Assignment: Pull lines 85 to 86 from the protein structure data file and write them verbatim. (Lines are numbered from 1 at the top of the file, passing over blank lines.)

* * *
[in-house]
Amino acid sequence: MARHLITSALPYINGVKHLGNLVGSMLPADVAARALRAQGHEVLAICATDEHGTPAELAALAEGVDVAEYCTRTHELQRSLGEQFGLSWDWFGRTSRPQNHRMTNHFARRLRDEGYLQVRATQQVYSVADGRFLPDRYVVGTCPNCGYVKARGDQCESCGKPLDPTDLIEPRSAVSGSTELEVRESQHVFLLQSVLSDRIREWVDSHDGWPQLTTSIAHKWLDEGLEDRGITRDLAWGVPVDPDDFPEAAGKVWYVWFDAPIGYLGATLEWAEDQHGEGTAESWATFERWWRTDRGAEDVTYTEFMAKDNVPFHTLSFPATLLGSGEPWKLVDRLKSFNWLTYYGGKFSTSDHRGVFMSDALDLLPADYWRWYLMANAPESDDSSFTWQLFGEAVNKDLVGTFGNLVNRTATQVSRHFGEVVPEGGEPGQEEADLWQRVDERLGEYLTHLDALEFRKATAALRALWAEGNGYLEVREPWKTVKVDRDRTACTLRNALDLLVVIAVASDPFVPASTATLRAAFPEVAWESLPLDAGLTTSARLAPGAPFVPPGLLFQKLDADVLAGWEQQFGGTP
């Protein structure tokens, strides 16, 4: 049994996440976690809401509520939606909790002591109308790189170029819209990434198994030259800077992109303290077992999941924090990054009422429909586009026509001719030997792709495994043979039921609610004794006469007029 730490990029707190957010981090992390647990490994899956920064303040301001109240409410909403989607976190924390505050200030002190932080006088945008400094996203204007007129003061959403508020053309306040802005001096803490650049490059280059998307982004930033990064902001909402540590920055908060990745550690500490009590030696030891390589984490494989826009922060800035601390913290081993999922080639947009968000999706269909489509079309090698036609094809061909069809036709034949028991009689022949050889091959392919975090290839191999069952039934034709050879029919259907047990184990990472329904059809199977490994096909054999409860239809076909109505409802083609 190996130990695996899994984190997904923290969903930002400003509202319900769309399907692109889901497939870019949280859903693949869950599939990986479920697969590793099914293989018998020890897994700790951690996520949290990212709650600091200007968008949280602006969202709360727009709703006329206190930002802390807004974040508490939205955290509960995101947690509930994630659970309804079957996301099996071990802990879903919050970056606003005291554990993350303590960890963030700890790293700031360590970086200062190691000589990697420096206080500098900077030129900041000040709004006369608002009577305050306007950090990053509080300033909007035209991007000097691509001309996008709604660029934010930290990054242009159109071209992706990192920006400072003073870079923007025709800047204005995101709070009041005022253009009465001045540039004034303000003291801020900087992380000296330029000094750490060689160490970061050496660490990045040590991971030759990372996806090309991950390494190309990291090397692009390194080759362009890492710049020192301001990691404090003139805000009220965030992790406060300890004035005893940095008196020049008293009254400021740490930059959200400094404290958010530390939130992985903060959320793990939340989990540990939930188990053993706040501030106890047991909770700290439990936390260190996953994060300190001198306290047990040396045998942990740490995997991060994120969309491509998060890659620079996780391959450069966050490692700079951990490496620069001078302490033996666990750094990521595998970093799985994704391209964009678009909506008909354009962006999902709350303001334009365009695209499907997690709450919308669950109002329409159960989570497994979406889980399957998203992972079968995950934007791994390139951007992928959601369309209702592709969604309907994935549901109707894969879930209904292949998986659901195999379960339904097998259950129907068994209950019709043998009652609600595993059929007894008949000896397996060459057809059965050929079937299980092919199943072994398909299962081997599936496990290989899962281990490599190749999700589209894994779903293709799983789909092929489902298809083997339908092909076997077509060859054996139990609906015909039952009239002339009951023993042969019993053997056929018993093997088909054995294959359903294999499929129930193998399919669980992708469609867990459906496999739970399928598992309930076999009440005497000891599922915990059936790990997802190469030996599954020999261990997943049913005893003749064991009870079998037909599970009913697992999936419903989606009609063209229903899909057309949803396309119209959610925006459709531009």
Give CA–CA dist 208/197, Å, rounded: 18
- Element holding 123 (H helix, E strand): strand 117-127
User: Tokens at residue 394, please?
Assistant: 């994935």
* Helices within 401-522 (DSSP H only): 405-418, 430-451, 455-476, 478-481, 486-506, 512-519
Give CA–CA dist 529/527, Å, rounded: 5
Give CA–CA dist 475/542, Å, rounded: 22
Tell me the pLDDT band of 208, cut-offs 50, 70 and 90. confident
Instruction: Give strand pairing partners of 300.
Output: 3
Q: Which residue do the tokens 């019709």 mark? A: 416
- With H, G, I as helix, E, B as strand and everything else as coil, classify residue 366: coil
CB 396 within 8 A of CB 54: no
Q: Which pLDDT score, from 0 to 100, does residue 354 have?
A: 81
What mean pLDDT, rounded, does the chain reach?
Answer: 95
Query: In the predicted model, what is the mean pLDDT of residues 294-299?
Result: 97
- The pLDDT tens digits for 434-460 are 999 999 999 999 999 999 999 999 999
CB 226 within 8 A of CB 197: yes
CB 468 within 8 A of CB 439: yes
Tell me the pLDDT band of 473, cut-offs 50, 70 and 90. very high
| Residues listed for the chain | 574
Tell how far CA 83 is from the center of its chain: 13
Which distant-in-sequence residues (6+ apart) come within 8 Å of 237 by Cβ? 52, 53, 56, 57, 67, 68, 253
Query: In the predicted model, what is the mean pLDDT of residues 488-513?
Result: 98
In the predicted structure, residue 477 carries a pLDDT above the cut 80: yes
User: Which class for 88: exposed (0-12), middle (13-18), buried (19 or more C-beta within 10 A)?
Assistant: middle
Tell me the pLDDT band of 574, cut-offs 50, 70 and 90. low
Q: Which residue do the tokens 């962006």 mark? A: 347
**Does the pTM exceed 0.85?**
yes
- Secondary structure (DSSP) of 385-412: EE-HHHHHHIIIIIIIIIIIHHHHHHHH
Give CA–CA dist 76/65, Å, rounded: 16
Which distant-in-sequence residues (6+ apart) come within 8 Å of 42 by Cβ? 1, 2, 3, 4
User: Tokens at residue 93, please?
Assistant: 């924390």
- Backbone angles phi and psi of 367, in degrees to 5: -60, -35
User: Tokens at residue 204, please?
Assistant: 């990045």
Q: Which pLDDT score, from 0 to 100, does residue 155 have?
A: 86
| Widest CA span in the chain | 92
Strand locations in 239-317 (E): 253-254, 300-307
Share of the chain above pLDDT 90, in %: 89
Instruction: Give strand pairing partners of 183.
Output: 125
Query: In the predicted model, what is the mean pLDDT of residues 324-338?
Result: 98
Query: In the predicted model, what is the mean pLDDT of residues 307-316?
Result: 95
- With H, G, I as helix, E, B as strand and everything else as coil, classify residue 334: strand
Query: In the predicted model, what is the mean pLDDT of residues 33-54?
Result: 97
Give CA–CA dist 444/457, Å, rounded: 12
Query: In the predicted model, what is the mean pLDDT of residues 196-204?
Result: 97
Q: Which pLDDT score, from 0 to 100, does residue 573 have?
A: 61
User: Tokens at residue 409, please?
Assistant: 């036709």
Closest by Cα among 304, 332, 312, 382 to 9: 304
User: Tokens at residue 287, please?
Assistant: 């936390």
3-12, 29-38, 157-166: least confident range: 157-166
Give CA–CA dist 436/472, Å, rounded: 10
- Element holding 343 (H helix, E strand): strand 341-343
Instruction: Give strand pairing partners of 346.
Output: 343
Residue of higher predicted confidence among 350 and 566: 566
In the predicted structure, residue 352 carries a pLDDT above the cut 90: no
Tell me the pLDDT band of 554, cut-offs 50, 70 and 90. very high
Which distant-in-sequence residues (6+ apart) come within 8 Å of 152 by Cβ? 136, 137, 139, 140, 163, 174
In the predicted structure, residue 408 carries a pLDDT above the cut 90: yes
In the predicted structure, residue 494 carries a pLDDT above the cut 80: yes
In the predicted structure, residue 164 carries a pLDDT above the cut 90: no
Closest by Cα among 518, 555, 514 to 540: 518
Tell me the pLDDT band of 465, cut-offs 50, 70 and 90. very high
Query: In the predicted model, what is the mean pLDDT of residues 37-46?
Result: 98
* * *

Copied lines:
Query: In the predicted model, what is the mean pLDDT of residues 37-46?
Result: 98